This summer, the grounds of the Scottish National Gallery of Modern Art will be home to a traditional Scottish bothy, designed exclusively as part of the nationwide exhibition GENERATION: 25 years of contemporary art in Scotland.
Created by The Bothy Project - a team comprising of artist Bobby Niven and architect Iain MacLeod - the temporary structure will be the venue for a programme of talks, performances, events and screenings throughout its three-month run, from 31 July to the end of October 2014.
Bobby Niven and Iain MacLeod started The Bothy Project to provide a network of bespoke spaces in distinct and diverse locations around Scotland in which artists can work and live. These small-scale buildings are maintained through sustainable energy and built using sustainable materials. They are simple, modern designs, usually comprising of a single room with a stove, kitchen and work area.
The current Bothy Project network features two permanent dwellings; Inshriach Bothy in the Cairngorms and Sweeney’s Bothy on the Isle of Eigg.
The bothy situated in the grounds of Modern One at the Scottish National Gallery of Modern Art, has been created with the area of Assynt in mind - a remote location tucked away in the far North West corner of Scotland. After its time at Modern One, the bothy will make the journey up to the unique landscape of Assynt to become a permanent feature in the shadow of Suilven and Canisp.
The building will be a traditional timber-framed structure, clad in an opalescent polycarbonate and will measure around 8 by 3 metres. A purpose-built path will make it accessible to visitors.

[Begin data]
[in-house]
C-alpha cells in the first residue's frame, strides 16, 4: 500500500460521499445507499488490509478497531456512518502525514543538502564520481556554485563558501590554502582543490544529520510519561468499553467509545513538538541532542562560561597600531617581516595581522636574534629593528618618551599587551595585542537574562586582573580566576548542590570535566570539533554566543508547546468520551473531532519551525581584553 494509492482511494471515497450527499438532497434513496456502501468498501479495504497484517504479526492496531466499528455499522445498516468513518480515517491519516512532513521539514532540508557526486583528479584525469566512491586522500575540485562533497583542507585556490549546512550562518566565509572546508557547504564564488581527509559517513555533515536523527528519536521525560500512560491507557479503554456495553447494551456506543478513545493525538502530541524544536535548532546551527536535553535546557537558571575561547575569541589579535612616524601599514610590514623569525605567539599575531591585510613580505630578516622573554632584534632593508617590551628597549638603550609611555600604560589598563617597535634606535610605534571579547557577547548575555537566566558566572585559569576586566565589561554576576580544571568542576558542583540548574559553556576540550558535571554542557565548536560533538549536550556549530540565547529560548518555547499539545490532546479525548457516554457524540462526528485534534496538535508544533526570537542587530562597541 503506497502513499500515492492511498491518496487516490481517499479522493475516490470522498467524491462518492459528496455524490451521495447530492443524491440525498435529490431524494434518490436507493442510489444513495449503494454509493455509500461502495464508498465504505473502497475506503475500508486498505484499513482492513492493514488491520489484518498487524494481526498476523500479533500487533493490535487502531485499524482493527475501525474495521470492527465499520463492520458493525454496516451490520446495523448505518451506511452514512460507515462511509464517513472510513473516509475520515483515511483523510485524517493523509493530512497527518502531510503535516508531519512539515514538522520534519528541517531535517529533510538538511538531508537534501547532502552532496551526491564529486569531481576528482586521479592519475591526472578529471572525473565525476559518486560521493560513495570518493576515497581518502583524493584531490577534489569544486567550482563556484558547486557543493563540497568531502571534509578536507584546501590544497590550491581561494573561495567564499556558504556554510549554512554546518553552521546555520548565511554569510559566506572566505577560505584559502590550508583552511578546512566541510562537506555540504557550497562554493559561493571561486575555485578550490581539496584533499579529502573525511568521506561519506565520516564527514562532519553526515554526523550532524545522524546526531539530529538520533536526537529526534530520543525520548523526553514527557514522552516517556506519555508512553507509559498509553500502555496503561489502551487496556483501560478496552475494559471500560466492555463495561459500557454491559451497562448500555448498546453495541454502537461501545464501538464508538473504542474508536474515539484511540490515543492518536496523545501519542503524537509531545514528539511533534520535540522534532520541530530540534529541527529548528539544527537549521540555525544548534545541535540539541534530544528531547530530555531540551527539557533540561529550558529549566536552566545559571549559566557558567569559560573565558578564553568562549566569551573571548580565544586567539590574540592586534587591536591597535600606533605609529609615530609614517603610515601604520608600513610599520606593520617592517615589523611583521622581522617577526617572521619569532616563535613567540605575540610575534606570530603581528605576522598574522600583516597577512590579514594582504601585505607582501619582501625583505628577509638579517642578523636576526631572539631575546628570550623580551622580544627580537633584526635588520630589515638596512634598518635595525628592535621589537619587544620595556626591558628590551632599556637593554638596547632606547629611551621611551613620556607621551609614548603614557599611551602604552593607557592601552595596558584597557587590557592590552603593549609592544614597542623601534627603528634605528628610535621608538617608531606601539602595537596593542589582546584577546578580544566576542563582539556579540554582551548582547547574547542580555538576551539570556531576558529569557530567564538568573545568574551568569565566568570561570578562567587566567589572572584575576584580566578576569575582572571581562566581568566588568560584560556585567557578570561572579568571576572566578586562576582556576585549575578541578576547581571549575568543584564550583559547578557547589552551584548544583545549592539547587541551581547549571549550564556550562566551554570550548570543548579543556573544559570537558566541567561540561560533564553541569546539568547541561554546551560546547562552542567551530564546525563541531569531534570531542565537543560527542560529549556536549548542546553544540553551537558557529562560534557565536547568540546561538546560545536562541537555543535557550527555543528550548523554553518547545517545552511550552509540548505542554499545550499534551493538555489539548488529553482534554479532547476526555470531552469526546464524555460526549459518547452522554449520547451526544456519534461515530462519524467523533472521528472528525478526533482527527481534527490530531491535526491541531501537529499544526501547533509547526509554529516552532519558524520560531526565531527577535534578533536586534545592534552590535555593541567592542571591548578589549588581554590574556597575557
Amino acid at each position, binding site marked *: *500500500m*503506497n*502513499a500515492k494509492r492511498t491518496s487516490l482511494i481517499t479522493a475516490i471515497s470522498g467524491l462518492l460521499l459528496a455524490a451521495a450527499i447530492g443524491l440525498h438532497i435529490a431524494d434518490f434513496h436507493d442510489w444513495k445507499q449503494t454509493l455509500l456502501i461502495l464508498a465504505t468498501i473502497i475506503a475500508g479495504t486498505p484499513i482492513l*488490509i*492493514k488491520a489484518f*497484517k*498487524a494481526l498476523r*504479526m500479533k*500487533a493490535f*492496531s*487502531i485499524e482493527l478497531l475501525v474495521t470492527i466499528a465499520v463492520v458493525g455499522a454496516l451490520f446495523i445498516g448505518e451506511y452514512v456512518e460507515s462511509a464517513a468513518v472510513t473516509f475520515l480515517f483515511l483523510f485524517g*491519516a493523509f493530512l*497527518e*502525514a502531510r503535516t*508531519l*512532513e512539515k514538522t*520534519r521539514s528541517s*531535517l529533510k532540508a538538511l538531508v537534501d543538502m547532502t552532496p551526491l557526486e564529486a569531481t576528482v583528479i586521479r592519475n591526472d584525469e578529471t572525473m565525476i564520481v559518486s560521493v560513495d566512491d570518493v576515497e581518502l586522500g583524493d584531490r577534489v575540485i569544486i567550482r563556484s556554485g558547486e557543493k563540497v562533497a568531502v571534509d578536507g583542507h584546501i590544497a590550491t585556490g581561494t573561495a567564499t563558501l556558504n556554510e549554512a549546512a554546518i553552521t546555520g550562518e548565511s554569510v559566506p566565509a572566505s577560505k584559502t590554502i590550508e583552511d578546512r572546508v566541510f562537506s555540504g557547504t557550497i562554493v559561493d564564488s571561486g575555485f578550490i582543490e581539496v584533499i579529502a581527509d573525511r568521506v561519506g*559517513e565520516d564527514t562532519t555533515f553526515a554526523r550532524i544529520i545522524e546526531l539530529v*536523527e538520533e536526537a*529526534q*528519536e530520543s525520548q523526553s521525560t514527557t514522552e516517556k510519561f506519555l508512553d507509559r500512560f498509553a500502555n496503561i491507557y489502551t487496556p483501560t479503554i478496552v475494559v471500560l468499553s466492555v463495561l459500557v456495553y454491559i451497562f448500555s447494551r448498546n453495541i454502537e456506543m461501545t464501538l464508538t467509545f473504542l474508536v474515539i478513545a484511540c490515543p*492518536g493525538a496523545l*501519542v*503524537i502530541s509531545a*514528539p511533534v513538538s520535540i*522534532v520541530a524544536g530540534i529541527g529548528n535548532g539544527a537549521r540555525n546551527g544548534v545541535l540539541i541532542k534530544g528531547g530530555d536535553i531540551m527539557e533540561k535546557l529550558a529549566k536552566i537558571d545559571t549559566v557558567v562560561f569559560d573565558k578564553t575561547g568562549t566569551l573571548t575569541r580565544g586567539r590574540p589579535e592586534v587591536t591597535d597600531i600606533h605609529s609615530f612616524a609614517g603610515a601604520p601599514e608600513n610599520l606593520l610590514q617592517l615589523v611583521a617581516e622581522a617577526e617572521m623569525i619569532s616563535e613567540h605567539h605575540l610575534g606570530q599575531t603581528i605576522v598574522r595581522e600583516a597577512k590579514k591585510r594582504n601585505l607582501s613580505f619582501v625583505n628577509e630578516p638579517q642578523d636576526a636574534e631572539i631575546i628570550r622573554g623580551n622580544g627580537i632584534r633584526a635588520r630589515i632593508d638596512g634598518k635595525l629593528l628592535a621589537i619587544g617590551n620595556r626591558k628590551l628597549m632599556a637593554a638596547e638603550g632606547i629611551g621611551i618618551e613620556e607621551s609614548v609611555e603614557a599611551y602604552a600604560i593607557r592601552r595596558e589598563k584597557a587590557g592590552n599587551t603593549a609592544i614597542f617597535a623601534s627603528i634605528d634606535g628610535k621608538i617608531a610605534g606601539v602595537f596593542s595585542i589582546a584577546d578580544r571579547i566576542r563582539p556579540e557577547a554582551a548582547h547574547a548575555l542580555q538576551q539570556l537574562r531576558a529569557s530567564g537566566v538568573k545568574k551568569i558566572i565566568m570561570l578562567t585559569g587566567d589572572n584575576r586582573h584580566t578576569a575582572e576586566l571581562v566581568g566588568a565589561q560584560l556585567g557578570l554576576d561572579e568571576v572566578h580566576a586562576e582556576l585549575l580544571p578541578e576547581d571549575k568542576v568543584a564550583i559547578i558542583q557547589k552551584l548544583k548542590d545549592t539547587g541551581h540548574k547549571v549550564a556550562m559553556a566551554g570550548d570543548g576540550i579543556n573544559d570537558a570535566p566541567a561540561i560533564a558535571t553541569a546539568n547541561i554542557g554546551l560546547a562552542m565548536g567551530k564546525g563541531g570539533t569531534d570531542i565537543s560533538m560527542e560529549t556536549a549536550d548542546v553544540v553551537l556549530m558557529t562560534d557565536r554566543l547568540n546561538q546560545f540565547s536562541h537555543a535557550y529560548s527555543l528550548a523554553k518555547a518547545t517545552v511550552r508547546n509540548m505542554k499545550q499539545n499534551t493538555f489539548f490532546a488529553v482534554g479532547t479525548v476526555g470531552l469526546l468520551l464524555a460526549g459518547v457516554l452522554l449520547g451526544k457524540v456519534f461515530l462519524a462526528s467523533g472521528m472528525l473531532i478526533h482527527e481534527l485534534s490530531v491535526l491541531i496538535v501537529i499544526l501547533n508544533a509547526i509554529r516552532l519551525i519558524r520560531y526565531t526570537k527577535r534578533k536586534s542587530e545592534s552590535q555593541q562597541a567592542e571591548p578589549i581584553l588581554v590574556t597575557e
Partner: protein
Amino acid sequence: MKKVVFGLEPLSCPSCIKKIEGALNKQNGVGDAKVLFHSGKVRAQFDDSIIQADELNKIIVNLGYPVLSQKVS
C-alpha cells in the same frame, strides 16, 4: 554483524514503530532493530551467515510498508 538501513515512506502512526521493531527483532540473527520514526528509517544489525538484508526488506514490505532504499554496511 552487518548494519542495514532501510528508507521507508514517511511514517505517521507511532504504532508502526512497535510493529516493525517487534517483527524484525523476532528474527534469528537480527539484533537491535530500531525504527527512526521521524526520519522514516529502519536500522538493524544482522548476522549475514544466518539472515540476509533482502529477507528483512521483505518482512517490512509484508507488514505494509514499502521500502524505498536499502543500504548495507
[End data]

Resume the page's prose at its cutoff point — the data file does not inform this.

Glasgow-based artist Laura Aldridge will be producing ceramics and textiles to furnish the internal space, all of which are in keeping with a colour palette inspired by Assynt and some of the local craft skills found there.
Simon Groom, Director of the Scottish National Gallery of Modern Art, says the project gives visitors the opportunity to enjoy something that otherwise would remain hidden because of the typically remote and isolated locations of the structures.
"Its practical and beautifully handcrafted space provides the perfect setting for a whole host of diverse activities beyond those traditionally associated with a gallery, and we hope it will become a hub of creative activity over its three month lifespan here. The enthusiasm, energy and creative input from The Bothy Project team and Laura Aldridge has made working on the project a truly exciting experience,” says Groom.
Born in 1978 in Frimley, Surrey, Aldridge studied at Wimbledon School of Art, London, and obtained her Master’s degree in Fine Arts at the Glasgow School of Art, which included an academic exchange with CalArts, Los Angeles, in 2005.
Aldridge has also been given the special privilege of naming the bothy, a practice carried out for every structure built to help define a unique identity for each project. Inspired by a pig-like dappled rock found whilst exploring Assynt in preparation for the project, Aldridge has entitled the shelter Pig Rock Bothy.
The opening of the structure will take place on the evening of Thursday 31 July as part of the launch of the Edinburgh Art Festival.